That's a super cool machine, but the justification seems a bit silly. The randomization library in any programming language should be good enough for casual games, and random.org uses atmospheric noise which is almost certainly more random than dice: https://www.random.org/history/

This is to make players happy, not to provide better randomness. Many players will not trust any random data coming from a computer.

As a player, I'd be amused by using radioactivity-generated randomness!


I would love to see this experiment done with the d20 from The Dice Lab. They make their d20 dice with "ideally-balanced vertex sums while retaining the opposite-side numbering convention". They explain why this makes for a bit fairer dice here. https://mathartfun.com/thedicelab.com/BalancedStdPoly.html

> They explain why this makes for a bit fairer dice here.

Well... they explain why the opposite-side numbering convention makes for fairer dice. They don't say anything at all about balanced vertex sums other than "we believe it's important".

Just compare the reasoning:

> If a die is unintentionally oblate (slightly flattened on opposing sides), the flatter regions are more likely to turn up when the die is tossed. If these two opposite numbers were 19 and 20 for example, then the die would on average roll high, since these two numbers would come up too often. Having the two numbers add to 21 avoids any such bias in the average number rolled. For this reason, the opposite-side numbering convention improves fairness.


> Equally important in our opinion is balancing of the vertex sums.

This does not give me confidence that the vertex sums matter.

The paper describing these dies might help then:

http://www2.oberlin.edu/math/faculty/bosch/nbd.pdf Bosch, Robert; Fathauer, Robert, Segerman, Henry - Numerically Balanced Dice (2016)

(btw., here's the about page for The Die Lab: https://www.mathartfun.com/thedicelab.com/DiceDesign.html)

More various stuff on fair dice:

On fair but irregular plyhedral dice:

http://statweb.stanford.edu/~cgates/PERSI/papers/fairdice.pd... Diaconis, Persi; Keller, Joseph B. - Fair Dice (1989)


https://pp.bme.hu/ar/article/download/7607/6570/ - Várkonyi, Péter L. - The Secret of Gambling with Irregular Dice: Estimating the Face Statistics of Polyhedra (2014)


Note: The link to http://maths.dur.ac.uk:80/~dma0cvj/mathphys/supplements/supp... in the comments there is broken and the archived version doesn't have the images, but the PDF copy survives in the archive. (One can find the other PDFs from that page here, by filtering: https://web.archive.org/web/*/http://www.maths.dur.ac.uk/~dm...)

"Polyisohedral" dices: * http://loki3.com/poly/polyisohedra.html * http://loki3.com/poly/fair-dice.html




https://journals.aps.org/pre/abstract/10.1103/PhysRevE.78.03... How random is dice tossing?

Interesting. I went to the most recent Prerelease event for Magic: the Gathering and my first opponent told me to not use the D20 that came with the kit and to use his individual D6s. He said they had known biases. Maybe he was on to something.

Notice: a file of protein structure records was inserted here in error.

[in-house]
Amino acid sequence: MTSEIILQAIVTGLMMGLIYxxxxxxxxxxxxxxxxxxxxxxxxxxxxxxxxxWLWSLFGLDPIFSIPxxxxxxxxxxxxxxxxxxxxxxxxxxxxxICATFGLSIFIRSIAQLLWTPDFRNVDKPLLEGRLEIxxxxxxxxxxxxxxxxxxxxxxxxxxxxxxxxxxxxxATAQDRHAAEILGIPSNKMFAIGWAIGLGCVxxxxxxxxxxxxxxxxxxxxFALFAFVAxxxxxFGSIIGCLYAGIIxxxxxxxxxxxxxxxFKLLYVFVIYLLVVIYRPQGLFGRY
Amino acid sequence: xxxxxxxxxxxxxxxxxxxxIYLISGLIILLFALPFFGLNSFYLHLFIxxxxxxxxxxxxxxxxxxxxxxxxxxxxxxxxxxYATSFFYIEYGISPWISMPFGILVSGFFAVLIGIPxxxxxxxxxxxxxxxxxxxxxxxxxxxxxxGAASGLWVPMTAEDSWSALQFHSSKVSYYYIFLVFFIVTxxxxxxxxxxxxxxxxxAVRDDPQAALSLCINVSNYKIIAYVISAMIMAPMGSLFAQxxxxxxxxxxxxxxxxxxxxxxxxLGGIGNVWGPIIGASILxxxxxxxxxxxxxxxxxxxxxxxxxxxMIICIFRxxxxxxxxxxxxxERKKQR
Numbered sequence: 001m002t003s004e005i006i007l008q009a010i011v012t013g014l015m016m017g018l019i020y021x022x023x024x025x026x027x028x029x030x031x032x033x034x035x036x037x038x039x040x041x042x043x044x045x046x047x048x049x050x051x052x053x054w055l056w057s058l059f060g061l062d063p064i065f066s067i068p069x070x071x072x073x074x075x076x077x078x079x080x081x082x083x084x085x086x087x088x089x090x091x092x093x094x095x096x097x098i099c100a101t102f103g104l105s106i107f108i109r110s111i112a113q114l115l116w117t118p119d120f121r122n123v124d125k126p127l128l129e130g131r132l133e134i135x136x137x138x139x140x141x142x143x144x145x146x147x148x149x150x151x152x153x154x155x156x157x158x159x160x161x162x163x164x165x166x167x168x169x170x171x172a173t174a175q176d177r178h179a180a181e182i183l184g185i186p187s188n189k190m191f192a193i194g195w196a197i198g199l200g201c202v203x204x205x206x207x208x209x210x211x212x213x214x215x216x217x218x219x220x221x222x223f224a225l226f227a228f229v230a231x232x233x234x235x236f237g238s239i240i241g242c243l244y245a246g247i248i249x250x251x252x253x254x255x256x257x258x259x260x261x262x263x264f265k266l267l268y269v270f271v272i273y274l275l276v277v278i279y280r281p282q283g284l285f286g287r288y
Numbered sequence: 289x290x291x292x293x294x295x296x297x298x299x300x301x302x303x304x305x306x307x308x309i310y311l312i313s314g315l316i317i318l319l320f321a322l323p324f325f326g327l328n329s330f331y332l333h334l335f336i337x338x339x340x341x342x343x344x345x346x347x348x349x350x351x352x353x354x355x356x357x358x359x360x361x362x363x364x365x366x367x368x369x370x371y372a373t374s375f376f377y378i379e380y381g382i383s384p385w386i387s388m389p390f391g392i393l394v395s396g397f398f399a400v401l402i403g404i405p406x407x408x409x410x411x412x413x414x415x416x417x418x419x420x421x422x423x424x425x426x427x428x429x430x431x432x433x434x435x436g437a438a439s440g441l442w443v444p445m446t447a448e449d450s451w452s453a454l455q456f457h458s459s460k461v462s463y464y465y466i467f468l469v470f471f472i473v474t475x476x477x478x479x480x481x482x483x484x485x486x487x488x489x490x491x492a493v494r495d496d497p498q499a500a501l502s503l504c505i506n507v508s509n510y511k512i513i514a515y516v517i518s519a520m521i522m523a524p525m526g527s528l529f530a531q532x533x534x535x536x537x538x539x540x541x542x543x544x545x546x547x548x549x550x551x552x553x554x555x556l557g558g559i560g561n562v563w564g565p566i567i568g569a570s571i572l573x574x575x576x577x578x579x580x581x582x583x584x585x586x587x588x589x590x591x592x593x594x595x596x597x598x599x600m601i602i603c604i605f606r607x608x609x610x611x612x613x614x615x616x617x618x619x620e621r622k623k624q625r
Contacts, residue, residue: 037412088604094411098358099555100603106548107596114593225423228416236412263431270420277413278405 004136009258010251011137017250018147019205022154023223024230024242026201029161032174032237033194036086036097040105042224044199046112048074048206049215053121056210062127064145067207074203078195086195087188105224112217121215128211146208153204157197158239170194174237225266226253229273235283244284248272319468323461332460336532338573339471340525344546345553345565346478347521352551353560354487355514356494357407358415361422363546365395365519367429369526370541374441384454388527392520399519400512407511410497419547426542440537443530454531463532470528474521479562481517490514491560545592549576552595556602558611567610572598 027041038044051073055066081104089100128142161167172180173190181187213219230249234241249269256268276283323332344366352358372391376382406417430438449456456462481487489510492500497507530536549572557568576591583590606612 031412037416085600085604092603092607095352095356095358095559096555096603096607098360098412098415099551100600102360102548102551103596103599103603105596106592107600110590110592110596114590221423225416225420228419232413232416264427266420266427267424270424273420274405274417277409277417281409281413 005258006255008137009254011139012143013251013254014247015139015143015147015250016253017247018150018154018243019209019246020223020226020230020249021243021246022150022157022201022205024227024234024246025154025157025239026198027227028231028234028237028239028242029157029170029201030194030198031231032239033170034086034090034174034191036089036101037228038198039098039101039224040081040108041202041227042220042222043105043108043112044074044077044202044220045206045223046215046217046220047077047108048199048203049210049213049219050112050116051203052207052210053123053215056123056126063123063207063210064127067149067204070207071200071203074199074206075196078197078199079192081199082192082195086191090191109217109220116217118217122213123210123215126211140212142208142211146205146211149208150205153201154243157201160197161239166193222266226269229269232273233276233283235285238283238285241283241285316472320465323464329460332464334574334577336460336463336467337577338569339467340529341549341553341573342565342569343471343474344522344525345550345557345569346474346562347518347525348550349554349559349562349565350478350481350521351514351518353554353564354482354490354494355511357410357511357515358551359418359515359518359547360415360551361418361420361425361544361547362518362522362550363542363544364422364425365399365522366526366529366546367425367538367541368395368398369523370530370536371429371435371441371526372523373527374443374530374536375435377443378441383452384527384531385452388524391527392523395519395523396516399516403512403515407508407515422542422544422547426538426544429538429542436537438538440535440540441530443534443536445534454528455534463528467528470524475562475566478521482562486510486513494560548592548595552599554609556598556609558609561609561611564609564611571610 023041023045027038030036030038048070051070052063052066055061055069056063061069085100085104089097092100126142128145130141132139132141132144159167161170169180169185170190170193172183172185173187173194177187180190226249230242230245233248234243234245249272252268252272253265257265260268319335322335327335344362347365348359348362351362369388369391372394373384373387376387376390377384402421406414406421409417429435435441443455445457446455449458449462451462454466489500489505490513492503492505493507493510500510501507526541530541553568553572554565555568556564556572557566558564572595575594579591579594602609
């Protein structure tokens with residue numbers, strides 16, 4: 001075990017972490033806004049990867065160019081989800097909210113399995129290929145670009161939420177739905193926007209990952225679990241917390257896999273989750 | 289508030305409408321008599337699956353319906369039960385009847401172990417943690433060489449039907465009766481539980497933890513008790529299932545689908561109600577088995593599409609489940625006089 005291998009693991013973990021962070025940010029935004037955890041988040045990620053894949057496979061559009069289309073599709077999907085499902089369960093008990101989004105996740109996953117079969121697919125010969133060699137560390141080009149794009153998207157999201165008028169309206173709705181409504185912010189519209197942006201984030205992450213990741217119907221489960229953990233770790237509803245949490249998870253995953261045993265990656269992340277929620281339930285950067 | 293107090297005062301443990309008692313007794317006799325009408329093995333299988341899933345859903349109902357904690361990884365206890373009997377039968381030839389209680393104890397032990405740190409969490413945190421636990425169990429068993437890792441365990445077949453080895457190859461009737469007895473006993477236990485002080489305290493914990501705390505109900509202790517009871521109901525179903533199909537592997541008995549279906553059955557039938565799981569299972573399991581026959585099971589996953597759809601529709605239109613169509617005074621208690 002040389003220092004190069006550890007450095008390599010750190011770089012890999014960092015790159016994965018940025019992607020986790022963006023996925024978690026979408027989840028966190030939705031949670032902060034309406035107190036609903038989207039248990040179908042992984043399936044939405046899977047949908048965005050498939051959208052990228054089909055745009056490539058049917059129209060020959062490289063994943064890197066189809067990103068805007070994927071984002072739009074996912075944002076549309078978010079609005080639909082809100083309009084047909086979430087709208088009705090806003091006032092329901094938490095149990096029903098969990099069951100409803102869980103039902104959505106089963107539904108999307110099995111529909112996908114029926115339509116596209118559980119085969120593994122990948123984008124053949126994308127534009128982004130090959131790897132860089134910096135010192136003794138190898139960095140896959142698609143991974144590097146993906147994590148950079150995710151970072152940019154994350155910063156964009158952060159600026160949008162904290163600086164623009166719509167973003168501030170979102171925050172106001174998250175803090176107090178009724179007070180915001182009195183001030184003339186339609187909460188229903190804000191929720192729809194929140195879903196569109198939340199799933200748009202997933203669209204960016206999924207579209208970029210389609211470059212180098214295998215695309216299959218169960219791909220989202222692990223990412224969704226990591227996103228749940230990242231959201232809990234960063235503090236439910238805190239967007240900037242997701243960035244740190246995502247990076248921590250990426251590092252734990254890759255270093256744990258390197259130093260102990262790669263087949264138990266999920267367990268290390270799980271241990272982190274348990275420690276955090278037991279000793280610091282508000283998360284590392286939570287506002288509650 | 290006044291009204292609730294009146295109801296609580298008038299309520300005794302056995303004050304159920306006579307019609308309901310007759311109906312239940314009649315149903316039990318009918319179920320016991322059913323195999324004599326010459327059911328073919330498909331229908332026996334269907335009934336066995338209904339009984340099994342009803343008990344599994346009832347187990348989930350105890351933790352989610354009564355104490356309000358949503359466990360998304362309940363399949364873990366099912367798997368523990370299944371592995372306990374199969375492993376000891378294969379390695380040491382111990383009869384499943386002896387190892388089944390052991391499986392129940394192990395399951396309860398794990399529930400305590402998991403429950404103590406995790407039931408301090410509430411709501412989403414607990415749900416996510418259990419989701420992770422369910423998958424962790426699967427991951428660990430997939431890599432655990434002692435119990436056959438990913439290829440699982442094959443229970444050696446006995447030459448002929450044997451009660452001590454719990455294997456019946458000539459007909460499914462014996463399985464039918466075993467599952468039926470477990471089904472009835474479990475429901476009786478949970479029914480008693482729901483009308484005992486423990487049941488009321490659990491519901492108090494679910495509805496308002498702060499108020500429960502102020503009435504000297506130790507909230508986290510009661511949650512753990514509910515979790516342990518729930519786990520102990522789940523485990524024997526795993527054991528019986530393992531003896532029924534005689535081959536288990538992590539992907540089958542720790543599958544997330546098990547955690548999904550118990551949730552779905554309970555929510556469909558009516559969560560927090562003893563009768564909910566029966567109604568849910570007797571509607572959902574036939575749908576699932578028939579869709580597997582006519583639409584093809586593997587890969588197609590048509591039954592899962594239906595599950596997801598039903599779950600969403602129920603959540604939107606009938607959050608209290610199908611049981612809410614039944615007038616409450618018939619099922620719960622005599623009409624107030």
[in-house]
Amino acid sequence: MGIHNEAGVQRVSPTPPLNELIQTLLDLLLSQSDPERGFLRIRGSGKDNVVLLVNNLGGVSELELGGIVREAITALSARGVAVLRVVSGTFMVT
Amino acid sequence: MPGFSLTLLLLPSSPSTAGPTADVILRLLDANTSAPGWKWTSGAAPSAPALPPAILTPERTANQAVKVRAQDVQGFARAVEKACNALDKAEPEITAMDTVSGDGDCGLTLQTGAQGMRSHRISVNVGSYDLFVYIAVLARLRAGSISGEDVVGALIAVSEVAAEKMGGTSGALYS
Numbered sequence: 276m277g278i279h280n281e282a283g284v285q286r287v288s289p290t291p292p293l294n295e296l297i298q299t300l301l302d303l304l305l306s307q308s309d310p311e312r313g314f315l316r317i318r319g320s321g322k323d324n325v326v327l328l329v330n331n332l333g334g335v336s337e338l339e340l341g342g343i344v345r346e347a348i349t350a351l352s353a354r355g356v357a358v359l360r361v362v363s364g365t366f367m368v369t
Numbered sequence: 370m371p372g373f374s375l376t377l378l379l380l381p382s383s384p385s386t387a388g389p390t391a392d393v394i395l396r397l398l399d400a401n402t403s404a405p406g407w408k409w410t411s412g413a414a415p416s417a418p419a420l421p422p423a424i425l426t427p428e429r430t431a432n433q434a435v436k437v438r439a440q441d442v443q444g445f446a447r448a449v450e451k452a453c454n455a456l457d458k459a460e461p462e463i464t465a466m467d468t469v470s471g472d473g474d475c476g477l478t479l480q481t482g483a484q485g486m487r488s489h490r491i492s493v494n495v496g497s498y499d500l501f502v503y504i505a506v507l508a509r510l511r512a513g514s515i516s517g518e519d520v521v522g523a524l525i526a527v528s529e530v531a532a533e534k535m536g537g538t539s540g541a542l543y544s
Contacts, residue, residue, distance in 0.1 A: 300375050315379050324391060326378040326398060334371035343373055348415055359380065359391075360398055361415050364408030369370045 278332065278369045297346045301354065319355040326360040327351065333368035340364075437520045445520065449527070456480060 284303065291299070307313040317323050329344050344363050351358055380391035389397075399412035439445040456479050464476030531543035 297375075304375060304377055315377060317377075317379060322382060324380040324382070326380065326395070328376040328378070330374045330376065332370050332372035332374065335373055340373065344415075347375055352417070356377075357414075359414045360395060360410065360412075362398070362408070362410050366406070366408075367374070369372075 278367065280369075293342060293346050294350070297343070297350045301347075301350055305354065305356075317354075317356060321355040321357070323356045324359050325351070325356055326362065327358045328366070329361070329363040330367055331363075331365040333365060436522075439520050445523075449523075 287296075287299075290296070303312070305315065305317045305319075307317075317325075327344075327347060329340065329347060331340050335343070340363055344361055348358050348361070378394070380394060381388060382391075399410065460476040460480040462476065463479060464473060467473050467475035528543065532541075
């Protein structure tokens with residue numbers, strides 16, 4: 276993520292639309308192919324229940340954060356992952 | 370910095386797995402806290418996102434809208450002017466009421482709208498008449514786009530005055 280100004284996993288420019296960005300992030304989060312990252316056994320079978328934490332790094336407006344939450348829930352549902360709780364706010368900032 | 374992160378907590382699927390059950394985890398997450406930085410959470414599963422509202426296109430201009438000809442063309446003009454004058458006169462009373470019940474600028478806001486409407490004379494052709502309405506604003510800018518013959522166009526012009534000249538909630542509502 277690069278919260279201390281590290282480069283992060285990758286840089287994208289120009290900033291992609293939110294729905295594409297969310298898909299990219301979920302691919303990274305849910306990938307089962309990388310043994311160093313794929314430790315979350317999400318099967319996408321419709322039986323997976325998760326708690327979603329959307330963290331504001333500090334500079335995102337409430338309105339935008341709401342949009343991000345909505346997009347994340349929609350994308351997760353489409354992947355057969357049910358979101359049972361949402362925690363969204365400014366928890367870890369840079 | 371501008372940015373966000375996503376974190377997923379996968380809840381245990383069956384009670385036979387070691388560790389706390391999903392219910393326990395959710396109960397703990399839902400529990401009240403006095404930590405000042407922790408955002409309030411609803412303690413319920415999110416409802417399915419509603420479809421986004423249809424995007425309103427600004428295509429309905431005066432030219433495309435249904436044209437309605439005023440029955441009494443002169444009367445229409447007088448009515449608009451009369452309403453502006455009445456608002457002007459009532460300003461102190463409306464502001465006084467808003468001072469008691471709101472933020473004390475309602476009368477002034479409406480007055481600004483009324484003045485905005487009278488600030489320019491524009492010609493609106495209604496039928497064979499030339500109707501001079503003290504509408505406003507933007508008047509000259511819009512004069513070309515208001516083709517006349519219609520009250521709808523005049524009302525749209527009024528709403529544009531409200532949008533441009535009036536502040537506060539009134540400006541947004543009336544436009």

The D20s that come with Magic products are spindown dice, not normal D20s. The faces are ordered for ease of lifetracking and are _not_ optimized for random rolls.

Because the dice aren't evenly weighted, they have a strong bias. IIRC, Spindown D20s crit somewhere around 30% of the time.

More specifically, in the spindown each number is adjacent to its predecessor and successor. In a regular d20 the numbers are more spread out, and opposite faces add up to 21.

Your opponent told you to use the die he brought?

He was probably on to something.

I get where you're coming from, but I honestly assume no malice. It's fairly common knowledge in tabletop circles that spindown dice will have an unbalanced distribution. They're definitely made to be used only as a counter.

Now, whether it matters if you use a weighted die to determine who goes first is a different story. If you're both using the same die, who cares?

If the opponent picked from the same pool that sounds OK.

At least way better than spindown dice, which are known to be weighted.

The only time I used a D20 in magic was for keeping track of life totals. If you're rolling to see who starts, it doesn't really matter if it's biased if you use the same die.

I guess some cards use a dice roll, but that's pretty rare.

As a mtg player, I really don't get why can't we use spin-down dice as high roll at the beginning of the game.

I'm a former competitive MtG player. My playgroup found that with a bit of practice and a specific technique, we could roll 17+ on any spindown dice almost every time (try rolling the die with it starting in your hand with the 20 facing upwards with a sideways motion). While technically you can use any method you choose to randomly determine the start of a game, these dice have been proven to not be "random" thus cannot be used in a tournament. It doesn't matter at all in casual play, but in a tournament, you're just giving your opponent a chance to play first for free.